CO-04 (Special Election) See Full Big Line

(R) Greg Lopez

(R) Trisha Calvarese

90%

10%

President (To Win Colorado) See Full Big Line

(D) Joe Biden*

(R) Donald Trump

80%

20%↓

CO-01 (Denver) See Full Big Line

(D) Diana DeGette*

90%

CO-02 (Boulder-ish) See Full Big Line

(D) Joe Neguse*

90%

CO-03 (West & Southern CO) See Full Big Line

(D) Adam Frisch

(R) Jeff Hurd

(R) Ron Hanks

40%

30%

20%↑

CO-04 (Northeast-ish Colorado) See Full Big Line

(R) Lauren Boebert

(R) Deborah Flora

(R) J. Sonnenberg

50%↑

15%

10%↓

CO-05 (Colorado Springs) See Full Big Line

(R) Jeff Crank

(R) Dave Williams

60%↑

40%↓

CO-06 (Aurora) See Full Big Line

(D) Jason Crow*

90%

CO-07 (Jefferson County) See Full Big Line

(D) Brittany Pettersen

85%↑

 

CO-08 (Northern Colo.) See Full Big Line

(D) Yadira Caraveo

(R) Gabe Evans

(R) Janak Joshi

60%↑

40%↑

20%↓

State Senate Majority See Full Big Line

DEMOCRATS

REPUBLICANS

80%

20%

State House Majority See Full Big Line

DEMOCRATS

REPUBLICANS

95%

5%

Generic selectors
Exact matches only
Search in title
Search in content
Post Type Selectors
December 26, 2011 08:06 PM UTC

Newt's Longshot Gets Longer?

  • 25 Comments
  • by: Colorado Pols

The Los Angeles Times updates over Christmas weekend:

Newt Gingrich’s campaign, having failed to meet the ballot requirements for Virginia’s Super Tuesday presidential primary, announced Saturday that it will ask his supporters to write in his name instead.

But Virginia law does not allow write-in ballots in primary elections.

The failure to get on the presidential primary ballot in the state of Virginia, where he lives, looks bad more than it is functionally bad for Newt Gingrich–who would certainly have the opportunity to show momentum before Super Tuesday. But the “looking bad” part is the last thing Gingrich needs as all eyes turn to the Iowa caucuses set for next week. ABC News:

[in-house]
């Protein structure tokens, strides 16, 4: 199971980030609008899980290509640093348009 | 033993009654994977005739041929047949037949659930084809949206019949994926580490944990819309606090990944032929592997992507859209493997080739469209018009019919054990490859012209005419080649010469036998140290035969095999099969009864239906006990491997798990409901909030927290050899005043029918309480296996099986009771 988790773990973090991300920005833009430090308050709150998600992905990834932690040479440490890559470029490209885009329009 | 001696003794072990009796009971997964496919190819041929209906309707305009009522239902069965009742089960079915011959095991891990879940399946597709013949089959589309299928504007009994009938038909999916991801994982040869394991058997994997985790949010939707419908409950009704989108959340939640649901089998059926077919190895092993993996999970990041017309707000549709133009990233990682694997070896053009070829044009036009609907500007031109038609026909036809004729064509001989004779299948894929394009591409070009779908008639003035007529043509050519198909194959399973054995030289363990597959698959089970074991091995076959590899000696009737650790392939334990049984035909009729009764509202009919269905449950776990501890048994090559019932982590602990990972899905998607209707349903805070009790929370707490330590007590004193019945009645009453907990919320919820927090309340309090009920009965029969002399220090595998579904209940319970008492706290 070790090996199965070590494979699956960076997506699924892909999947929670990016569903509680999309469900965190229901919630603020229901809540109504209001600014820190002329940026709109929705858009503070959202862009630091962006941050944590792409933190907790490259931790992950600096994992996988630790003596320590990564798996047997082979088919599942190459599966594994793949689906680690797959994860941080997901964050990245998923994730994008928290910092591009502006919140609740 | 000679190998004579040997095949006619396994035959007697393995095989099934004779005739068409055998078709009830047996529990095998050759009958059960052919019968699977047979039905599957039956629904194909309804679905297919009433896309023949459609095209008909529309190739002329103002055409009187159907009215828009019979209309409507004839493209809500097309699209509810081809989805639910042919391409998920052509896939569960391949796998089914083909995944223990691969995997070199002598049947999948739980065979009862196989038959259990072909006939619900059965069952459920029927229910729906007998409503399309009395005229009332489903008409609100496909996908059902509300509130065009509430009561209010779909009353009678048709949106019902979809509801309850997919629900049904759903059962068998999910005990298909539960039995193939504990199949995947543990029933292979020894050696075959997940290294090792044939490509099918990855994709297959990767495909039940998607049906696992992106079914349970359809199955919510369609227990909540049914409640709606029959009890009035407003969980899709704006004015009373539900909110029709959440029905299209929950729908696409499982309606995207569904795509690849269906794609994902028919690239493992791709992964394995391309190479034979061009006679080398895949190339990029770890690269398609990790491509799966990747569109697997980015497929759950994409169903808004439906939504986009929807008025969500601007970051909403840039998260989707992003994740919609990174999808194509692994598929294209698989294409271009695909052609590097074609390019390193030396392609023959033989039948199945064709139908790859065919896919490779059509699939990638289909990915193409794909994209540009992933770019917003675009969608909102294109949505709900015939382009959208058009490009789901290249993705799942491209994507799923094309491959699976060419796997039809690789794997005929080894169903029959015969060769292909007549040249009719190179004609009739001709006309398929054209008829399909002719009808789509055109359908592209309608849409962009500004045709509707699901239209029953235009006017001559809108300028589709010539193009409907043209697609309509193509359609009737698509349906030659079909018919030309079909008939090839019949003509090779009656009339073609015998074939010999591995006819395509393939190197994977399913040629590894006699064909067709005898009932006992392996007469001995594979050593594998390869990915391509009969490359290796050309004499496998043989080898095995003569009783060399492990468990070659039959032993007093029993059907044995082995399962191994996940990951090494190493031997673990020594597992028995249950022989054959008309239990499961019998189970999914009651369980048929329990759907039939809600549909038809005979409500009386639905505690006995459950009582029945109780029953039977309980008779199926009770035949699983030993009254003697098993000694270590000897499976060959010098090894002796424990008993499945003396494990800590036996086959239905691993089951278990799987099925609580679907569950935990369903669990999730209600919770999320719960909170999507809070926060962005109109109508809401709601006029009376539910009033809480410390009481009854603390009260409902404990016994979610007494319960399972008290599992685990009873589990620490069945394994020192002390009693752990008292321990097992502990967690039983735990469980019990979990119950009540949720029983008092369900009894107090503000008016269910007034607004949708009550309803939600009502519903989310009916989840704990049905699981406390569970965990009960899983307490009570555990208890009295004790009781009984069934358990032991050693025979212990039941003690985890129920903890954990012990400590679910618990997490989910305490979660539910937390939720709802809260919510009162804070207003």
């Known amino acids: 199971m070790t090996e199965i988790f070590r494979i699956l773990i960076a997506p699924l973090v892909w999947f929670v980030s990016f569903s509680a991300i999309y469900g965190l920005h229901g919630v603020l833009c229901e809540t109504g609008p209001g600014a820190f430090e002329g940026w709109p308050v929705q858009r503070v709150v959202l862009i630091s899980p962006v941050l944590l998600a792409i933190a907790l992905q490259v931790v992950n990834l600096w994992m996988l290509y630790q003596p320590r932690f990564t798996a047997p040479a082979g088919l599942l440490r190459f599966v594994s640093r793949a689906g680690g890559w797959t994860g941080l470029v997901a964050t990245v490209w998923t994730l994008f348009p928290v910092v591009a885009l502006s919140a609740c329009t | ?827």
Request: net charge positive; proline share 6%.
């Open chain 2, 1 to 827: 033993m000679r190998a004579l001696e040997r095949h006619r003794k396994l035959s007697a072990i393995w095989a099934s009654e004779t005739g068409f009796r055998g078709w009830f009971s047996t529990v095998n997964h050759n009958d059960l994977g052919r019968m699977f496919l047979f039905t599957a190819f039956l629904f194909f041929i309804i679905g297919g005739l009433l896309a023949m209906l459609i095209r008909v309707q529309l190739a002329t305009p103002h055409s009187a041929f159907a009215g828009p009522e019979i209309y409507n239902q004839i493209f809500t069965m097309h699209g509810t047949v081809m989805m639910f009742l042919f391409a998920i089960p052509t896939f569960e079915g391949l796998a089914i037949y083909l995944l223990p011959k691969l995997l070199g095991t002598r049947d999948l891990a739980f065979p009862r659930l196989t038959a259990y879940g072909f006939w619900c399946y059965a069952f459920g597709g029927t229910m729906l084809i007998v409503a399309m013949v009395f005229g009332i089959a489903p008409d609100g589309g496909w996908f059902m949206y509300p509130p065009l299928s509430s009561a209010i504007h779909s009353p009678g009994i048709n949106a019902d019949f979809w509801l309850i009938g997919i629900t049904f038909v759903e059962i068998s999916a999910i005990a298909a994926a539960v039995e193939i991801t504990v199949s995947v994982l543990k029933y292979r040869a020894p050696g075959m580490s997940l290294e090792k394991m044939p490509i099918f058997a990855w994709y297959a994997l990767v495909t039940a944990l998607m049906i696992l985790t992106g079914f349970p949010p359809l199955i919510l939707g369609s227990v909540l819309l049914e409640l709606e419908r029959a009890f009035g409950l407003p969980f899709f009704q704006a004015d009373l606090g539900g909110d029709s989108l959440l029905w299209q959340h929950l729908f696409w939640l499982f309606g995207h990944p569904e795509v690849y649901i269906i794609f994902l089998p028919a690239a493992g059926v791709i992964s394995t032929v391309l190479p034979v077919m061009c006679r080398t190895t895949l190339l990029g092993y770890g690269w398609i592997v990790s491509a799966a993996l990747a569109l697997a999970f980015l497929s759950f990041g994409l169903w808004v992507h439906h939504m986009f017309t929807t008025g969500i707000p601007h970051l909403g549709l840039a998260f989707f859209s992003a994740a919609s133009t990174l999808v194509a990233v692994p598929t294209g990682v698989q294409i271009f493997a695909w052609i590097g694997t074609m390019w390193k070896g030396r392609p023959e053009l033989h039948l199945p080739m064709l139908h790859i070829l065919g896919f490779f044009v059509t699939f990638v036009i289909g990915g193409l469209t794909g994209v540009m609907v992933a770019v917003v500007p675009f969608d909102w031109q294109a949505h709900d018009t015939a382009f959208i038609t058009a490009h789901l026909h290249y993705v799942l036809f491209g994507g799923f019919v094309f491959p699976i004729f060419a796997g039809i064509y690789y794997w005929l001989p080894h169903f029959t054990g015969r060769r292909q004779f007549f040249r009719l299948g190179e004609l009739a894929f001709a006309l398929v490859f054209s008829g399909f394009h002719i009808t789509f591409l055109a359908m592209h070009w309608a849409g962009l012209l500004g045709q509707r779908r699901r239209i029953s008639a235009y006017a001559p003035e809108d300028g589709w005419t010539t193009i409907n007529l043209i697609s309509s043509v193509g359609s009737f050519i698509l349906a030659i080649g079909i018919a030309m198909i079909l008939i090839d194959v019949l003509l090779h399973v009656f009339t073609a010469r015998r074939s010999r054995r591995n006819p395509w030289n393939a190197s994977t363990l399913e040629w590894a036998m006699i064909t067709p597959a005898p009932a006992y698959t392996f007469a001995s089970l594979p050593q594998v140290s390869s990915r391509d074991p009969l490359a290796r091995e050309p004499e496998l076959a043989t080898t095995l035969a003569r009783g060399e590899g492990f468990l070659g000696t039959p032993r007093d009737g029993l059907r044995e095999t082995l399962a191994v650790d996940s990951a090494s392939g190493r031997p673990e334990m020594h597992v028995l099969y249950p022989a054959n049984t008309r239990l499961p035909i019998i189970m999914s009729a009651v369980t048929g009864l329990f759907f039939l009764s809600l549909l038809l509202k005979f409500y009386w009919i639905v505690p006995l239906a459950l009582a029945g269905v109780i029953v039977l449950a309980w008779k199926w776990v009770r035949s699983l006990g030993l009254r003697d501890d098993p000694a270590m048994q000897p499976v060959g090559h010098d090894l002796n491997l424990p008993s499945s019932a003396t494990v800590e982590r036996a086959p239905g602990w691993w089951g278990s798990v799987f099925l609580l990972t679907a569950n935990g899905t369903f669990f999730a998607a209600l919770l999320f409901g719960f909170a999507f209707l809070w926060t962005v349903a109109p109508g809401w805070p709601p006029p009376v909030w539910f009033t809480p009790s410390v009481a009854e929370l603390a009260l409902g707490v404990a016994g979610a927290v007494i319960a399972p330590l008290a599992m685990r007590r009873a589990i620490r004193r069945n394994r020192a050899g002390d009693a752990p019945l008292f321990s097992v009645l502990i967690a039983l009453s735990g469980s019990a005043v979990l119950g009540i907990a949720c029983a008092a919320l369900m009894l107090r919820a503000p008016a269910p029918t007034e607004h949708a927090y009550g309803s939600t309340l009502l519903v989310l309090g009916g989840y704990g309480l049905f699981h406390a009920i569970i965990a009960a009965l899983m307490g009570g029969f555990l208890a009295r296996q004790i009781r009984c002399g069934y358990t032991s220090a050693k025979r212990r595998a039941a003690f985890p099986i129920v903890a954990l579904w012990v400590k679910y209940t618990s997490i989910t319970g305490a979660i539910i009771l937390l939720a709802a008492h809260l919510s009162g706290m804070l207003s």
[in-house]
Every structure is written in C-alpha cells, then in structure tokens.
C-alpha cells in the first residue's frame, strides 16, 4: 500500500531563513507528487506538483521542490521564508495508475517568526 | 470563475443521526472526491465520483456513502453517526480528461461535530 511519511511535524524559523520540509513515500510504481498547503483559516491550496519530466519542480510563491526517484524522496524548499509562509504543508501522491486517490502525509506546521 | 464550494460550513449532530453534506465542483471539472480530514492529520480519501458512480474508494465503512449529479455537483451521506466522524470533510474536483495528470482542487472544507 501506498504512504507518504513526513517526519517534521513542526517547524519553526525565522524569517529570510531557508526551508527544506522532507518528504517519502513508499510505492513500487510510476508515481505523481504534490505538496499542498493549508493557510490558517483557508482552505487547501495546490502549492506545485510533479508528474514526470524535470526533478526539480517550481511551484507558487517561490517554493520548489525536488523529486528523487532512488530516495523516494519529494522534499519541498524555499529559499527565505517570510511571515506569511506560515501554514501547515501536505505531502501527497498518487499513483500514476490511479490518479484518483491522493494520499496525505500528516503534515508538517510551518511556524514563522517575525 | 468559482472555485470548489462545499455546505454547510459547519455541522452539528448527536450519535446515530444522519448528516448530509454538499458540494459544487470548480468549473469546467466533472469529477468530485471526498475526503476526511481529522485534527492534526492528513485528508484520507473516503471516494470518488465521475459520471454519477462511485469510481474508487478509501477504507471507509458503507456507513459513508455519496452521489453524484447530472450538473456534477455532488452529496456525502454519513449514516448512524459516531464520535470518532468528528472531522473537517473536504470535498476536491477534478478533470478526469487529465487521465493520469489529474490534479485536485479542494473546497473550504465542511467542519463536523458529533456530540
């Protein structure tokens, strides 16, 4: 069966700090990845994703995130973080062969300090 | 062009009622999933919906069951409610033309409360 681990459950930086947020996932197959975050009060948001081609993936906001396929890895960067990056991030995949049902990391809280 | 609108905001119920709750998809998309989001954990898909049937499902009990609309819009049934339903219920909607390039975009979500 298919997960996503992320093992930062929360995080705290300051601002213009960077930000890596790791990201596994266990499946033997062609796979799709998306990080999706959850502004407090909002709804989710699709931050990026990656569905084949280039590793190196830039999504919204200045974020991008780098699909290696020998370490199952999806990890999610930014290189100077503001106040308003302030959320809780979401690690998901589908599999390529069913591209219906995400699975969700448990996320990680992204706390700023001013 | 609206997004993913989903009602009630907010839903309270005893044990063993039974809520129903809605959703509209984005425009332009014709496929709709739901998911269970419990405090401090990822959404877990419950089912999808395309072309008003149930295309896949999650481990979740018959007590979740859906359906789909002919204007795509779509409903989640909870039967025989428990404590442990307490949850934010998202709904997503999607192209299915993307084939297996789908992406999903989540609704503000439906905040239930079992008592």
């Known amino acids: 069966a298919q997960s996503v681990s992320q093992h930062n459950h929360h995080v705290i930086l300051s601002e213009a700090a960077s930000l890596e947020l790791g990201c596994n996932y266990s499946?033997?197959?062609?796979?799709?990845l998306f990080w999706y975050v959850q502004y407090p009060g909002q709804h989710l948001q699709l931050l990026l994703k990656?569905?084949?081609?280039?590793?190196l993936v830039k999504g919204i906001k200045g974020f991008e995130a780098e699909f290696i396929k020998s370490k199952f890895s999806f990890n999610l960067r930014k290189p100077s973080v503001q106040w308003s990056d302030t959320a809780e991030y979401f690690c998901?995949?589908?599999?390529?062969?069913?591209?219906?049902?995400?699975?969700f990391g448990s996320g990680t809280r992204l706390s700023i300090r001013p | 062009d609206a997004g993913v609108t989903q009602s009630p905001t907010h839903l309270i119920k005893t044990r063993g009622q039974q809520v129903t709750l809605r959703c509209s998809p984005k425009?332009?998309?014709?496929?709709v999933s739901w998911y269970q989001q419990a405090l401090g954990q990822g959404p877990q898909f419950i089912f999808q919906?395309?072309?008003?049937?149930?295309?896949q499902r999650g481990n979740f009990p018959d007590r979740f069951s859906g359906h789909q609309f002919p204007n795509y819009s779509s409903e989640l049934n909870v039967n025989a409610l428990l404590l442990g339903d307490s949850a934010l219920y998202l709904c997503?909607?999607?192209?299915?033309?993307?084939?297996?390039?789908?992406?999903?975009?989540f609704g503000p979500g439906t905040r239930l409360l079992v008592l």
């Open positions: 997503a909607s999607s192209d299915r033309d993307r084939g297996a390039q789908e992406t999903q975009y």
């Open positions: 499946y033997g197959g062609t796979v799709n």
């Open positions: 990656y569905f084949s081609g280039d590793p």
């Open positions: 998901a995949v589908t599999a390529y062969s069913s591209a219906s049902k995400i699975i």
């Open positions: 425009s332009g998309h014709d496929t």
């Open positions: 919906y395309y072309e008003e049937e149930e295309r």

“I think this race right now – unless somebody changes the dynamic in Iowa – is a race between Ron Paul, Mitt Romney and Newt Gingrich, all of whom have tremendous baggage and all of whom a majority of Republicans have worries about. But it’s going to be one of the three of those,” Republican strategist and ABC News political contributor Matthew Dowd said on “Good Morning America” today.

Much like in Colorado, where otherwise-confident Mitt Romney campaign organizers are really only sweating a Ron Paul “marring” of caucuses they’ve otherwise enjoyed a lock on organizing, the Paul campaign is a wild card in the Iowa caucuses: although we wonder if these Jim Welker-style newsletters in Paul’s past will deflate, if not Paul’s core supporters, the ability for the campaign to produce a large non-activist turnout. Romney and Paul are well-organized on the ground to turn out supporters, and Gingrich has focused his resources on Iowa–apparently a little too much (see: Virginia). If Gingrich can win in Iowa, he gets momentum he’ll need to survive his expected trouncing in New Hampshire’s primary a week later by Romney.

From there, Gingrich’s campaign lives or dies based on his ability to quickly organize expensive field operations in many states. In many places he’s going to run directly into a wall of groundwork that Romney has laid in places like Colorado–primary and caucus states alike. Setting aside Romney’s tepid embrace by the GOP, and unfulfilled desire for a viable alternative, Newt Gingrich simply hasn’t demonstrated the skills or the resources to mount a campaign on the scale required to win a presidential nomination. That’s the perception he must change.

While Romney has the resources to win, he needs to stop earning that tepid embrace.

Comments

25 thoughts on “Newt’s Longshot Gets Longer?